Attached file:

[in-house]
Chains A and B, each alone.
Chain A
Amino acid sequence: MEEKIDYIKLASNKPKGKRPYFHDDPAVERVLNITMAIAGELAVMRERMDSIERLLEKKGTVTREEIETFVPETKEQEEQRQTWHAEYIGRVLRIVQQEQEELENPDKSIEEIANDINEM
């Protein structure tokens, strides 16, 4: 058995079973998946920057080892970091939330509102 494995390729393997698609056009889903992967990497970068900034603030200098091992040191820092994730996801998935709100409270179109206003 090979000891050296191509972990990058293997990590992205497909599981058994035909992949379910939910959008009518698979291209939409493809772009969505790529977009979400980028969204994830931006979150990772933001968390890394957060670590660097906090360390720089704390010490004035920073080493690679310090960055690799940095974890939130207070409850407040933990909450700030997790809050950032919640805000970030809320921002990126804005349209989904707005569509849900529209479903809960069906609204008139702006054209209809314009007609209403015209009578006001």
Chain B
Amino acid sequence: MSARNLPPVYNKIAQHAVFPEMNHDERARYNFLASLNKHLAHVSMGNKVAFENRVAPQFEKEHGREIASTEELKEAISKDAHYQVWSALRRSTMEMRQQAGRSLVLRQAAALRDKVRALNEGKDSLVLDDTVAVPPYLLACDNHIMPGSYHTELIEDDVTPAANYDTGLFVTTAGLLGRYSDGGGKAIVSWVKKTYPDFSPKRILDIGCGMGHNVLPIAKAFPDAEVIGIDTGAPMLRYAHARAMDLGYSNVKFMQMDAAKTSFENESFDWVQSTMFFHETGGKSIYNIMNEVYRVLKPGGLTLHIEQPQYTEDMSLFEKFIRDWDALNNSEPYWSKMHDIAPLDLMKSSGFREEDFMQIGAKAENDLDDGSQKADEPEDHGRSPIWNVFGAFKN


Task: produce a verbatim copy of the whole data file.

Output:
[in-house]
Chains A and B, each alone.
Chain A
Amino acid sequence: MEEKIDYIKLASNKPKGKRPYFHDDPAVERVLNITMAIAGELAVMRERMDSIERLLEKKGTVTREEIETFVPETKEQEEQRQTWHAEYIGRVLRIVQQEQEELENPDKSIEEIANDINEM
């Protein structure tokens, strides 16, 4: 058995079973998946920057080892970091939330509102 494995390729393997698609056009889903992967990497970068900034603030200098091992040191820092994730996801998935709100409270179109206003 090979000891050296191509972990990058293997990590992205497909599981058994035909992949379910939910959008009518698979291209939409493809772009969505790529977009979400980028969204994830931006979150990772933001968390890394957060670590660097906090360390720089704390010490004035920073080493690679310090960055690799940095974890939130207070409850407040933990909450700030997790809050950032919640805000970030809320921002990126804005349209989904707005569509849900529209479903809960069906609204008139702006054209209809314009007609209403015209009578006001």
Chain B
Amino acid sequence: MSARNLPPVYNKIAQHAVFPEMNHDERARYNFLASLNKHLAHVSMGNKVAFENRVAPQFEKEHGREIASTEELKEAISKDAHYQVWSALRRSTMEMRQQAGRSLVLRQAAALRDKVRALNEGKDSLVLDDTVAVPPYLLACDNHIMPGSYHTELIEDDVTPAANYDTGLFVTTAGLLGRYSDGGGKAIVSWVKKTYPDFSPKRILDIGCGMGHNVLPIAKAFPDAEVIGIDTGAPMLRYAHARAMDLGYSNVKFMQMDAAKTSFENESFDWVQSTMFFHETGGKSIYNIMNEVYRVLKPGGLTLHIEQPQYTEDMSLFEKFIRDWDALNNSEPYWSKMHDIAPLDLMKSSGFREEDFMQIGAKAENDLDDGSQKADEPEDHGRSPIWNVFGAFKN